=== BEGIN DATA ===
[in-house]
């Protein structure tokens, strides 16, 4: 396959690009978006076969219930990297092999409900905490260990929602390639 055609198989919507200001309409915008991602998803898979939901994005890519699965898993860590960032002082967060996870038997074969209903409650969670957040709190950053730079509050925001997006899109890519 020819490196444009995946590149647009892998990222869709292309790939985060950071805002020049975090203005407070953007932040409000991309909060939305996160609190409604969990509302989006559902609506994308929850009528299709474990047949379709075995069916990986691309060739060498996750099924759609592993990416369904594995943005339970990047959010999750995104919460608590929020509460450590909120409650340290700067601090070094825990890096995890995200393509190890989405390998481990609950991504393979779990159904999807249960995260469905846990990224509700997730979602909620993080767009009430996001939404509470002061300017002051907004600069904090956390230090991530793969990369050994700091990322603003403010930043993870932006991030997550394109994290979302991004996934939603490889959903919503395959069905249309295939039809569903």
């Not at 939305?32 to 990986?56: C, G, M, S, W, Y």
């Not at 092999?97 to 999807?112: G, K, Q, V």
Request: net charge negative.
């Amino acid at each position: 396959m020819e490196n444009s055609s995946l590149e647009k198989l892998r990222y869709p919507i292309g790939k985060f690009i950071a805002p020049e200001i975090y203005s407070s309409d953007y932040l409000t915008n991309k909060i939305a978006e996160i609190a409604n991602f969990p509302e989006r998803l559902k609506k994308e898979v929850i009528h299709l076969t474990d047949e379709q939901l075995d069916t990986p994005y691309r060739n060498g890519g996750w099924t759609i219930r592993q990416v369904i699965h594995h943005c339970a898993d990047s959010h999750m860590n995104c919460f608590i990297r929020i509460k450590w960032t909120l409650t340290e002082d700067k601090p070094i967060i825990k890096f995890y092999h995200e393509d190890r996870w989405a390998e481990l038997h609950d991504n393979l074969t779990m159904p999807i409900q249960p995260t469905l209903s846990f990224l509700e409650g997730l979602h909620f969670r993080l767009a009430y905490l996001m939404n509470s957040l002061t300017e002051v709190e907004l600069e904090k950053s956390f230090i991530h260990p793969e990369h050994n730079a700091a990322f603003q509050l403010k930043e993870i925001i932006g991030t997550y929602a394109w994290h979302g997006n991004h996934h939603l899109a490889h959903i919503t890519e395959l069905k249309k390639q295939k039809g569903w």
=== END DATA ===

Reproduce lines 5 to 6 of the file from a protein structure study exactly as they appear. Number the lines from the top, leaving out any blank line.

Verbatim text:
Request: net charge negative.
């Amino acid at each position: 396959m020819e490196n444009s055609s995946l590149e647009k198989l892998r990222y869709p919507i292309g790939k985060f690009i950071a805002p020049e200001i975090y203005s407070s309409d953007y932040l409000t915008n991309k909060i939305a978006e996160i609190a409604n991602f969990p509302e989006r998803l559902k609506k994308e898979v929850i009528h299709l076969t474990d047949e379709q939901l075995d069916t990986p994005y691309r060739n060498g890519g996750w099924t759609i219930r592993q990416v369904i699965h594995h943005c339970a898993d990047s959010h999750m860590n995104c919460f608590i990297r929020i509460k450590w960032t909120l409650t340290e002082d700067k601090p070094i967060i825990k890096f995890y092999h995200e393509d190890r996870w989405a390998e481990l038997h609950d991504n393979l074969t779990m159904p999807i409900q249960p995260t469905l209903s846990f990224l509700e409650g997730l979602h909620f969670r993080l767009a009430y905490l996001m939404n509470s957040l002061t300017e002051v709190e907004l600069e904090k950053s956390f230090i991530h260990p793969e990369h050994n730079a700091a990322f603003q509050l403010k930043e993870i925001i932006g991030t997550y929602a394109w994290h979302g997006n991004h996934h939603l899109a490889h959903i919503t890519e395959l069905k249309k390639q295939k039809g569903w």